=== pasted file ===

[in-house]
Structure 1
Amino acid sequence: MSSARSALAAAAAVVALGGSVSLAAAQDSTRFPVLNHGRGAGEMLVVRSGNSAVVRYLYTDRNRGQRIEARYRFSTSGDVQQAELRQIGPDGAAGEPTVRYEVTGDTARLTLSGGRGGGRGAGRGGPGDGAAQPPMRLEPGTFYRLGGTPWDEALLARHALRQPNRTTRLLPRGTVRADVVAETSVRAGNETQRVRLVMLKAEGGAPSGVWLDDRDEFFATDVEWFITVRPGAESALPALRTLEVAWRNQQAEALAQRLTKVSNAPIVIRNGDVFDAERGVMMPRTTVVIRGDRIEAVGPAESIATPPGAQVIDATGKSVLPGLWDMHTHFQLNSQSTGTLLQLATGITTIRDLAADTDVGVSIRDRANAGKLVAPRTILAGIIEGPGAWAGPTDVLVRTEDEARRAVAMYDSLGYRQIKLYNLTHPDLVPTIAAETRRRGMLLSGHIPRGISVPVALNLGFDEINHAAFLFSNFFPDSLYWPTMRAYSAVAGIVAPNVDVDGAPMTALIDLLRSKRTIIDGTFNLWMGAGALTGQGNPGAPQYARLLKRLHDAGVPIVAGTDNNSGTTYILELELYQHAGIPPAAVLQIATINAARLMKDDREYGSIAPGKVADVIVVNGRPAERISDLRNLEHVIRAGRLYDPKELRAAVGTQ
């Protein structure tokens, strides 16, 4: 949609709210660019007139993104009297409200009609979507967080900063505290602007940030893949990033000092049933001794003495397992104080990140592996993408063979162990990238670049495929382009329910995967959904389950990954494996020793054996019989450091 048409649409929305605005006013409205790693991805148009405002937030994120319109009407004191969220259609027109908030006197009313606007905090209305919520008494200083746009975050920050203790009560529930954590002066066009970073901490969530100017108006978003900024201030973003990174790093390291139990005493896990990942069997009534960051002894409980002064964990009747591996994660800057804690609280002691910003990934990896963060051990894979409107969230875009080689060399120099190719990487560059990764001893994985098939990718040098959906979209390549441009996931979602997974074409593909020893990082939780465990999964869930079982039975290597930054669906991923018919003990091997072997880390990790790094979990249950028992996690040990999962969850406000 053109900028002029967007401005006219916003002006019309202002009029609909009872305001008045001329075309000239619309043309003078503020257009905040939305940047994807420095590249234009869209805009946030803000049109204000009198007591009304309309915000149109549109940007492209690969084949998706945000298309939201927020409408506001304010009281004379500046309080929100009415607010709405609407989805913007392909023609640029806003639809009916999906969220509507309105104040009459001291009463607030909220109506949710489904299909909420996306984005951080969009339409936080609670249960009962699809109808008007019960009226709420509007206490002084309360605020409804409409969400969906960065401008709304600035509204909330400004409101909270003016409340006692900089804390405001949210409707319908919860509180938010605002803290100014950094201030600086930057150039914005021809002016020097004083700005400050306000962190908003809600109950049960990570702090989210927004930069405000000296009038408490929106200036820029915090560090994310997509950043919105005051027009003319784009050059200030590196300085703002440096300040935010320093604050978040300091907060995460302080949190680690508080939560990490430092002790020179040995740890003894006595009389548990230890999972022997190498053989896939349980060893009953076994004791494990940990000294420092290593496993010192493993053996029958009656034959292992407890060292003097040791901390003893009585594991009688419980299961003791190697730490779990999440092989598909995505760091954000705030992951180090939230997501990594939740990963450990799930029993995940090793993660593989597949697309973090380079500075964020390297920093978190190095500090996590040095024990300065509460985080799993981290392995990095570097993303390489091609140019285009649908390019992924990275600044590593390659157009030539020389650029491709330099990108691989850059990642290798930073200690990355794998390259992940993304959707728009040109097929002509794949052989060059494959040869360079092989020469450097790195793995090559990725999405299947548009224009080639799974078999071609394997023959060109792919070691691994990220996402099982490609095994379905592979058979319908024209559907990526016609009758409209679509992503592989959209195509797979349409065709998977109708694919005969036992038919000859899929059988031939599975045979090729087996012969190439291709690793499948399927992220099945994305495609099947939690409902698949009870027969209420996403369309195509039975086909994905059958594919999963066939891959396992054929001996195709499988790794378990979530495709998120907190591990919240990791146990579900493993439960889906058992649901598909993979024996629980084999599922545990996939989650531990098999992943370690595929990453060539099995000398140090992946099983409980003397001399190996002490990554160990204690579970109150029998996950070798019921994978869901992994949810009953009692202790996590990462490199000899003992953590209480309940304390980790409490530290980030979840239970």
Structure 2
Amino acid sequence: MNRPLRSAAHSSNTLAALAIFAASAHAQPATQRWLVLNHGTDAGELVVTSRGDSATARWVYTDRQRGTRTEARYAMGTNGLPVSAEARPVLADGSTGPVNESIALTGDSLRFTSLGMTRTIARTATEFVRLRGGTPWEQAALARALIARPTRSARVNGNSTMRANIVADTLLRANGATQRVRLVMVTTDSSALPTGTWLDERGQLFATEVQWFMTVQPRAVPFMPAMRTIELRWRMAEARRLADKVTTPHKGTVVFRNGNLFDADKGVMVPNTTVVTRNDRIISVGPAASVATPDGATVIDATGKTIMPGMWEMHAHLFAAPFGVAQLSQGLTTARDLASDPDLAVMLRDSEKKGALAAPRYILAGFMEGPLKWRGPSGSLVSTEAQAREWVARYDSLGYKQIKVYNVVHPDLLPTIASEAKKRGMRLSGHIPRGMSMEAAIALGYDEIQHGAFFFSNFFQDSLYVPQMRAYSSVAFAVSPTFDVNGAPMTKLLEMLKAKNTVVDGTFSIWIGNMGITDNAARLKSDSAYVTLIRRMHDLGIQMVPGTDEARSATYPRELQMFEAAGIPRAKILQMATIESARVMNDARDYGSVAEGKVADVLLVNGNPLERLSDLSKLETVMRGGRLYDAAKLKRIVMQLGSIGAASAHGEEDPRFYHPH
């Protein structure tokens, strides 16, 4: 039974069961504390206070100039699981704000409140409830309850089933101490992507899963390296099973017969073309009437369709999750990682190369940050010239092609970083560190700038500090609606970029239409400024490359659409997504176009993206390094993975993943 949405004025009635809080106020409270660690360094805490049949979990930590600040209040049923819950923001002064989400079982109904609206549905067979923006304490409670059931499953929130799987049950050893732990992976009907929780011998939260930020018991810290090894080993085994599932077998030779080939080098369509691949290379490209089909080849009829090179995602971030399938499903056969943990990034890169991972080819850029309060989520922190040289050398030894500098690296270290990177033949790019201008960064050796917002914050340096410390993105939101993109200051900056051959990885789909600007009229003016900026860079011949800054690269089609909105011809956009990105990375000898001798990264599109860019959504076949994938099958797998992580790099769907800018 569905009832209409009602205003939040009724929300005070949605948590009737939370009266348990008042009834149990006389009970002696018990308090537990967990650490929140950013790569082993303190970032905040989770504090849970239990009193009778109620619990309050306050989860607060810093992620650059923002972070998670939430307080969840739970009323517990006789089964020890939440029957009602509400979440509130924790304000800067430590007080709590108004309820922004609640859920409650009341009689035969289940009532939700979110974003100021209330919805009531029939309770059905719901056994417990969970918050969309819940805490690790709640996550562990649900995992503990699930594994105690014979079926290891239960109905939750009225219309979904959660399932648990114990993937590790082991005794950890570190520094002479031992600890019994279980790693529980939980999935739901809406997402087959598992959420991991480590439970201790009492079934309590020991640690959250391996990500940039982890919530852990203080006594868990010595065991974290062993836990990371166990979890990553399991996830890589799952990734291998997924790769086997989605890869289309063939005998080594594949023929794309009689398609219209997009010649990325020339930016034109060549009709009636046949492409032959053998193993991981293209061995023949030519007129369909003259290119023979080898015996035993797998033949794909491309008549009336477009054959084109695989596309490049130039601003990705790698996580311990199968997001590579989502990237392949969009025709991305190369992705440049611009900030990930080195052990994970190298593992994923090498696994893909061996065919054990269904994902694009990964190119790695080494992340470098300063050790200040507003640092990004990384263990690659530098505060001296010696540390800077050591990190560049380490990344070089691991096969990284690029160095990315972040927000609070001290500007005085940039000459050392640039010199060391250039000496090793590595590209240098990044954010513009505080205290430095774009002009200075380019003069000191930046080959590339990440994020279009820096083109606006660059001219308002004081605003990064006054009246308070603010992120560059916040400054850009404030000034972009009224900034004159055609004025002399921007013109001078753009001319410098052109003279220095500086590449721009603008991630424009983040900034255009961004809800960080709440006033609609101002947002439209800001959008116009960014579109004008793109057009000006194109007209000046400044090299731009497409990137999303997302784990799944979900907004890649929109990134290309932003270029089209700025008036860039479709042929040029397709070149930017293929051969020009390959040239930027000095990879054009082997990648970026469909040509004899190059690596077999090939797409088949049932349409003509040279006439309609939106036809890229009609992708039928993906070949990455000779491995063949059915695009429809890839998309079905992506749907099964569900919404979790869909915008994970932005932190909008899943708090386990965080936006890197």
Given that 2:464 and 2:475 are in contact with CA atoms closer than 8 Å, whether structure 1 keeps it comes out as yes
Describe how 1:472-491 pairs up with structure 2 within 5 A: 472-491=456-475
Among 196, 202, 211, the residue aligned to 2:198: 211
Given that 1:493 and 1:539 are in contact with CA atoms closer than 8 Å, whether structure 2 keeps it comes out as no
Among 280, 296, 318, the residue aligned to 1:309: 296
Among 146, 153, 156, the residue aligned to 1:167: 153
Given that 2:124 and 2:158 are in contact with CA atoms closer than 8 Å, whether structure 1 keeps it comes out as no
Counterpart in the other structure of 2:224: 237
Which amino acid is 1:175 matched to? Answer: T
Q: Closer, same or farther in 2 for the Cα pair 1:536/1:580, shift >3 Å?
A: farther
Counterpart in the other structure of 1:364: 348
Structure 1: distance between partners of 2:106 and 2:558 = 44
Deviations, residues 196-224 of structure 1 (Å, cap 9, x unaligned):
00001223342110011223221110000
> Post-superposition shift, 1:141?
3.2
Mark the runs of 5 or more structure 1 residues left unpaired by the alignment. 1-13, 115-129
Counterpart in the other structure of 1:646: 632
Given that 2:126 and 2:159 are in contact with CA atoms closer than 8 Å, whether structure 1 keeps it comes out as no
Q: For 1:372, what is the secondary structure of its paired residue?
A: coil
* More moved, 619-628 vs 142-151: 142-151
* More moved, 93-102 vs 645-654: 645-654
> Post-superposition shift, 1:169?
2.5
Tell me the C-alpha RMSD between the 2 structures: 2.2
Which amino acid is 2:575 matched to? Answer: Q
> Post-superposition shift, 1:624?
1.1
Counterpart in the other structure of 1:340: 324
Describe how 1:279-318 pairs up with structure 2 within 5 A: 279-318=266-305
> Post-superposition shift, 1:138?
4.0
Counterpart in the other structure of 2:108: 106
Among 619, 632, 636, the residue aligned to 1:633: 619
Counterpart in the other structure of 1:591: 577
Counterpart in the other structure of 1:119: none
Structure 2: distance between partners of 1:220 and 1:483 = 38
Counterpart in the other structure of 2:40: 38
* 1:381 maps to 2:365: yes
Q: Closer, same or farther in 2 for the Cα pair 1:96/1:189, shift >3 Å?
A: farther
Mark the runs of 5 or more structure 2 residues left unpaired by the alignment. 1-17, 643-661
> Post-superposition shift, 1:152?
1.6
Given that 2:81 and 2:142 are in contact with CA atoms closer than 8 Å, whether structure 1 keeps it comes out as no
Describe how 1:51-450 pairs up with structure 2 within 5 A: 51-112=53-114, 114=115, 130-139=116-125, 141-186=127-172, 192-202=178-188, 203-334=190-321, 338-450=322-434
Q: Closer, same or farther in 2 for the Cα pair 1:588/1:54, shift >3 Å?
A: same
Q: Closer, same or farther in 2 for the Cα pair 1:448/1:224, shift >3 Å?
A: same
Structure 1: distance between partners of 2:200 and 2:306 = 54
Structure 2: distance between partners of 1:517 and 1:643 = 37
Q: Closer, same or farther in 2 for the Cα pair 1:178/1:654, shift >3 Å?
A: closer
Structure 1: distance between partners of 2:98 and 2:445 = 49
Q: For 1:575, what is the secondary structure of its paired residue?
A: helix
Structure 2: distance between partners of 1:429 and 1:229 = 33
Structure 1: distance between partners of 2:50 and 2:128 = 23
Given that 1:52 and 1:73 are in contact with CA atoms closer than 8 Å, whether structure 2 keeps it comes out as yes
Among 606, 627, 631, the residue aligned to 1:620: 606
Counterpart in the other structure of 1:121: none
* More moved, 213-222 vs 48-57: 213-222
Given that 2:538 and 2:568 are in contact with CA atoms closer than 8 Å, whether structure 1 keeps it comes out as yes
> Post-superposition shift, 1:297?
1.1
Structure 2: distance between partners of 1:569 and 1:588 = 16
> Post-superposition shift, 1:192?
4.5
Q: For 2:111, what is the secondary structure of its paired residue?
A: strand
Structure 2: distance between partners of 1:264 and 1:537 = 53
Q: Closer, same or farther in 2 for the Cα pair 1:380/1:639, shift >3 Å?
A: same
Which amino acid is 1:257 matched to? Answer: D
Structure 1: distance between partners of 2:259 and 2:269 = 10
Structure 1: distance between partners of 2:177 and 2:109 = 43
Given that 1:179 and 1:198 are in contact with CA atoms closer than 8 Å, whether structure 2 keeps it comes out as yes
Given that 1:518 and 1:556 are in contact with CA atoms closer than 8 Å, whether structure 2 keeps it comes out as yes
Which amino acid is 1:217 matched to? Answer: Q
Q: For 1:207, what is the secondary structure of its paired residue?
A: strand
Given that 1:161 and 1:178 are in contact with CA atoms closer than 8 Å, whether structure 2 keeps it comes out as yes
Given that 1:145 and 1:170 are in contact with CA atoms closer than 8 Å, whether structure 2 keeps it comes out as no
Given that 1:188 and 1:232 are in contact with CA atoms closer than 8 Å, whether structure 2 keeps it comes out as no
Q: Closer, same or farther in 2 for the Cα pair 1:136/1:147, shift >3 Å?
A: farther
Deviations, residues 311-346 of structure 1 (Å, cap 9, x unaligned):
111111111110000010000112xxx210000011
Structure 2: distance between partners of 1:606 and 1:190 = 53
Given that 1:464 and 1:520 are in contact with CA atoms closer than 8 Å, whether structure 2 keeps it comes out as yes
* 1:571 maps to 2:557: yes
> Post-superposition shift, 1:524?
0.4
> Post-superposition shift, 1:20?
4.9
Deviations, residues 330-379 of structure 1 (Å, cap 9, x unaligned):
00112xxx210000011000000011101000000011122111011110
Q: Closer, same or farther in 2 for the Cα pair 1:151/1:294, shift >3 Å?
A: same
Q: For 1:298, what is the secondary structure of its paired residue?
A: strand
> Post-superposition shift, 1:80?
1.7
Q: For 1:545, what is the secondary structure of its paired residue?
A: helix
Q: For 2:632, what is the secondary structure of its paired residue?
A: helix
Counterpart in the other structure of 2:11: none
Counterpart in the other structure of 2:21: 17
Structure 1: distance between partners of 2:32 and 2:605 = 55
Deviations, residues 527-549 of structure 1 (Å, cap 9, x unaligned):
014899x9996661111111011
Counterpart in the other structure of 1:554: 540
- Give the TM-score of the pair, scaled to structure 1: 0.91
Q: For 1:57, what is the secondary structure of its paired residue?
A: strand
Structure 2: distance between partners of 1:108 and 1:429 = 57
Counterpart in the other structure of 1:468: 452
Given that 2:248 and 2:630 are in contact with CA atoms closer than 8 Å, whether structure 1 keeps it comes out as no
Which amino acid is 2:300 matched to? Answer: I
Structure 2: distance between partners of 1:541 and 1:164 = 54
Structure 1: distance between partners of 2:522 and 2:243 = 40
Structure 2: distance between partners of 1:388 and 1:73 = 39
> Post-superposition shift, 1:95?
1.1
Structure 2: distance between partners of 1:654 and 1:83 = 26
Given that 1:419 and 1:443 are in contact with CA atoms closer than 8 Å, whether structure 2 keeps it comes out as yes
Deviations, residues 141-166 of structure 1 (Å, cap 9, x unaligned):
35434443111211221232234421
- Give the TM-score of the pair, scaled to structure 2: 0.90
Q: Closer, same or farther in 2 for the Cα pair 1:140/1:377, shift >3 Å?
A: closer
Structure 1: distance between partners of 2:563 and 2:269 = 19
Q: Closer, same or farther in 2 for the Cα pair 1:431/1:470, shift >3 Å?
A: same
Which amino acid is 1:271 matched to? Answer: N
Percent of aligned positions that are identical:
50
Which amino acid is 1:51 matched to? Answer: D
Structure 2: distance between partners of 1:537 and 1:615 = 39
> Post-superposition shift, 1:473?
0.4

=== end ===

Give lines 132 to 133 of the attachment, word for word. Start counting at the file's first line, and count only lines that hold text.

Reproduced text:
Structure 1: distance between partners of 2:522 and 2:243 = 40
Structure 2: distance between partners of 1:388 and 1:73 = 39